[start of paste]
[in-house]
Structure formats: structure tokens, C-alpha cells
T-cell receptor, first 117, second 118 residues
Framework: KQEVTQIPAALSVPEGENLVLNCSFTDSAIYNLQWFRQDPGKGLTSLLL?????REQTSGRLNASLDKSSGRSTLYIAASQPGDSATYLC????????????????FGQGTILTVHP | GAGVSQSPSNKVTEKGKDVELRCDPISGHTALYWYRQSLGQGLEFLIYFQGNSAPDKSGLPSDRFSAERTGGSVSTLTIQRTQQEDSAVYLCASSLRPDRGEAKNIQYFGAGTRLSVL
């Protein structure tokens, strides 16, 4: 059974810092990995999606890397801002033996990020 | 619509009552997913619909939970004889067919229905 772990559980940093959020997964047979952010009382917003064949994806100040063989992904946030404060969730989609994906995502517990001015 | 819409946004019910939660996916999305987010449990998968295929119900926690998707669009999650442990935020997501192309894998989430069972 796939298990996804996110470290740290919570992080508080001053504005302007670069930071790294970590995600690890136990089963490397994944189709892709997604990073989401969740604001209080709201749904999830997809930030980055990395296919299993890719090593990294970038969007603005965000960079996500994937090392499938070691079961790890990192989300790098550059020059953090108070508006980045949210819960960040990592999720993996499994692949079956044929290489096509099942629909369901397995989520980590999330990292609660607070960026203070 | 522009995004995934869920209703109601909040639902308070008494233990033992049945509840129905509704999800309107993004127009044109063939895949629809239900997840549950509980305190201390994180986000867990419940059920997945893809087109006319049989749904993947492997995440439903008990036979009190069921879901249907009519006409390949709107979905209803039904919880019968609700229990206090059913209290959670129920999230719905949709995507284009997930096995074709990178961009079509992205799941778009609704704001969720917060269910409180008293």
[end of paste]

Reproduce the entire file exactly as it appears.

[in-house]
Structure formats: structure tokens, C-alpha cells
T-cell receptor, first 117, second 118 residues
Framework: KQEVTQIPAALSVPEGENLVLNCSFTDSAIYNLQWFRQDPGKGLTSLLL?????REQTSGRLNASLDKSSGRSTLYIAASQPGDSATYLC????????????????FGQGTILTVHP | GAGVSQSPSNKVTEKGKDVELRCDPISGHTALYWYRQSLGQGLEFLIYFQGNSAPDKSGLPSDRFSAERTGGSVSTLTIQRTQQEDSAVYLCASSLRPDRGEAKNIQYFGAGTRLSVL
């Protein structure tokens, strides 16, 4: 059974810092990995999606890397801002033996990020 | 619509009552997913619909939970004889067919229905 772990559980940093959020997964047979952010009382917003064949994806100040063989992904946030404060969730989609994906995502517990001015 | 819409946004019910939660996916999305987010449990998968295929119900926690998707669009999650442990935020997501192309894998989430069972 796939298990996804996110470290740290919570992080508080001053504005302007670069930071790294970590995600690890136990089963490397994944189709892709997604990073989401969740604001209080709201749904999830997809930030980055990395296919299993890719090593990294970038969007603005965000960079996500994937090392499938070691079961790890990192989300790098550059020059953090108070508006980045949210819960960040990592999720993996499994692949079956044929290489096509099942629909369901397995989520980590999330990292609660607070960026203070 | 522009995004995934869920209703109601909040639902308070008494233990033992049945509840129905509704999800309107993004127009044109063939895949629809239900997840549950509980305190201390994180986000867990419940059920997945893809087109006319049989749904993947492997995440439903008990036979009190069921879901249907009519006409390949709107979905209803039904919880019968609700229990206090059913209290959670129920999230719905949709995507284009997930096995074709990178961009079509992205799941778009609704704001969720917060269910409180008293």